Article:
OK, here it is: What if Dick Grayson dies, traveled throughout the various realms in the DC Universe, and then returned to save the day? The idea came to me after reading what various writers and fans thought of the character, the most recurring notion being that no loss would impact the superhero community quite like the death of Dick Grayson. So, while lazing on the couch watching Supernatural, my brain conjured up a thin veil of a plot:
Dick Grayson, still in his Bat-garb eight years after events of Batman and Robin #1, endures a series of trials and bouts arranged by mysterious group. The group, led by a shrouded, mysterious figure, have no stated aims beyond their focus on Grayson. Their attacks are close in succession, three weeks to a month apart, causing the Man Wonder to trangress beyond his limits and emerge victorious, even at his lowest ebb. Eventually, all members of the immediate Bat-Family are caught in a war with this mysterious group, a war that ends with a battle to the death between Dick and the Joker. The joke, however, is that both characters die, sending Dick to various planes of existence, including the Dreaming, only to return in order to aid his peers in defeating an ultimate evil.
And that's it. Basic? Yes, it may be... no, it is. But here's why I think it will work:
Event series like Green Lantern: Rebirth, Flash: Rebirth, and the entire Batman/Final Crisis saga serve to remind cynical fanboys why their favorite superheroes are important in the first place. Hal, Barry, and Bruce, representing defiance, morality, and willpower respectively, are integral components of their community. Dick, on the other hand, is a more subtle contributor. He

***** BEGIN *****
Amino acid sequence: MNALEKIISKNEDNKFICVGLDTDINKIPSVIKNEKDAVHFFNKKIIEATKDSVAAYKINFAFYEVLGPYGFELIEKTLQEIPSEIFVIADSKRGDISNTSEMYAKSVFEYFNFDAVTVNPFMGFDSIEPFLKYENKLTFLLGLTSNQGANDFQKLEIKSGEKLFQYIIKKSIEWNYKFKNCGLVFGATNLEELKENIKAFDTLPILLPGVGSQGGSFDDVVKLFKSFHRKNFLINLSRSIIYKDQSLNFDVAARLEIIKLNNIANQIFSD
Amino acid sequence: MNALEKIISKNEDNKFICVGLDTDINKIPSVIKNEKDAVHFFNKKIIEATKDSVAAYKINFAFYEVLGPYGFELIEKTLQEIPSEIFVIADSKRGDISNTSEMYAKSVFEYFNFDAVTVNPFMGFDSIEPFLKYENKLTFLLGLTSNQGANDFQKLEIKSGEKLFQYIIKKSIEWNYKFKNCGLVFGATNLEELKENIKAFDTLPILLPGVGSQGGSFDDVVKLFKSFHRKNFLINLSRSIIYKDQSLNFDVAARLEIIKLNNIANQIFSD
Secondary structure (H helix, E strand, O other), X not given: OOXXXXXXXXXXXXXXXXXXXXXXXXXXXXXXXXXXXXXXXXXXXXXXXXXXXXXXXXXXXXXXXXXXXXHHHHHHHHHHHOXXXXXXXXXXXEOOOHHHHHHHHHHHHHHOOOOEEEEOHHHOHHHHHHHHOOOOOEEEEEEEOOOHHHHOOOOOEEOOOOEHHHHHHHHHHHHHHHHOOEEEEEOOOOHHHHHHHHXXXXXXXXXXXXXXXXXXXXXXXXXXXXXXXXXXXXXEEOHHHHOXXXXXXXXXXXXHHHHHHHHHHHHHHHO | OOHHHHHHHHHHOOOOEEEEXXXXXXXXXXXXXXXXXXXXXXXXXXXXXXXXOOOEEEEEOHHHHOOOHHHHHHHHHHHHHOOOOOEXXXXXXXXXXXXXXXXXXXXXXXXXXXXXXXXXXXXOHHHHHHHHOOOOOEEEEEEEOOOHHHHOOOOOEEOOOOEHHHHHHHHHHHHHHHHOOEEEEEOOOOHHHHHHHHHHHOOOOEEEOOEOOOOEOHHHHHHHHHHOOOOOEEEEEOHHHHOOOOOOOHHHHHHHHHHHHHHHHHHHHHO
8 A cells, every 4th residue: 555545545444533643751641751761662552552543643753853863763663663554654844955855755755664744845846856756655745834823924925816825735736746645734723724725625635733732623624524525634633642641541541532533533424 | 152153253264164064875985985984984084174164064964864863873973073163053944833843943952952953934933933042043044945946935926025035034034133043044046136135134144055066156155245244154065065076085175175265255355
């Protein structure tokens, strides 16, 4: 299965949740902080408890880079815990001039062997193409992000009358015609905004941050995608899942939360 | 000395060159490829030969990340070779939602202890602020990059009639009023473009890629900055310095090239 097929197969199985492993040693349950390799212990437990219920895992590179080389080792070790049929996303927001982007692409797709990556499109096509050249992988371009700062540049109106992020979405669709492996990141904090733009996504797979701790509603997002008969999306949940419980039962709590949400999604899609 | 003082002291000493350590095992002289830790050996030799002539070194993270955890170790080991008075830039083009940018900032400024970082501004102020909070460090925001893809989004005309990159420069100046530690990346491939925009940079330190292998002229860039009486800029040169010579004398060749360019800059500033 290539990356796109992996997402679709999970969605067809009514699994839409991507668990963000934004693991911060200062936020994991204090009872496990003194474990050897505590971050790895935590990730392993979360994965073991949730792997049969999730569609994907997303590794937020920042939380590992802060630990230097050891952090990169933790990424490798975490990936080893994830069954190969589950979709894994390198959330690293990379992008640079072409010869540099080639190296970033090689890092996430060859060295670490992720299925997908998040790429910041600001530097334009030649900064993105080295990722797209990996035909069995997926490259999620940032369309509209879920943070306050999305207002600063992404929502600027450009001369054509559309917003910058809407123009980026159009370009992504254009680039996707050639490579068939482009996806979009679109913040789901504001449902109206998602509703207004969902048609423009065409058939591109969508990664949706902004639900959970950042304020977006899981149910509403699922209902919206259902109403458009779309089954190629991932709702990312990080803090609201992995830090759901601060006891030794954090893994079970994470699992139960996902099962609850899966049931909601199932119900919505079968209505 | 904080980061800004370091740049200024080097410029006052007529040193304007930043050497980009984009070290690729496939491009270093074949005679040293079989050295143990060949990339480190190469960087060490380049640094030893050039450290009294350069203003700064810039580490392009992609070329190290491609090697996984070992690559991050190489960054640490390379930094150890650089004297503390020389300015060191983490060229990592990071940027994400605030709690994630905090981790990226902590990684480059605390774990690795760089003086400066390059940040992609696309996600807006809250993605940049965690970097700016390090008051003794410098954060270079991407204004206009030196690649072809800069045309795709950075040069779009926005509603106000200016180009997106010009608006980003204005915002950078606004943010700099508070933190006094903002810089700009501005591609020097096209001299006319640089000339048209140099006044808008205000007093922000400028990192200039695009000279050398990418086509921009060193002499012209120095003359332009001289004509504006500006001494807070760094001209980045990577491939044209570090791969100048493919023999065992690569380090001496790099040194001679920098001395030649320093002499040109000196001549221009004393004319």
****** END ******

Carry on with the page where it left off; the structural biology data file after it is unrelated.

- created the mantle of Robin, the first sidekick. This is may seem like a matter of great chance and little effort, but consider the effects of the Boy Wonder in the DC Universe. According to tradition, Robin fights side by side with Batman while keeping his dark side in check. Jason Todd was deemed a failure by some because he was the anti-Dick Grayson, whereas Tim Drake desperately trained in order to live up to the prestige of the uniform. Aside from its impact on the Bat-Family, the entire sidekick community, regardless of brand or logo, owe its existence to Robin. Appropriately, he also
- co-founded the Teen Titans. Not only did this move cement Robin as the group's quintessential leader, but also led to an institution through which various modern heroes have learned their craft. This list includes: Donna Troy, Roy Harper, Wally West, Jessie Quick, Kyle Rayner, Damage, Hawk and Dove, Cyborg, Starfire, Raven, Ravager, Atom (eh...), Garth, Superboy, Red Robin, Cassie Sandsmark, Beast Boy, etc. All Titans look up to Dick as their leader, while he in return comes to their aid when needed (see Geoff Johns' Teen Titans).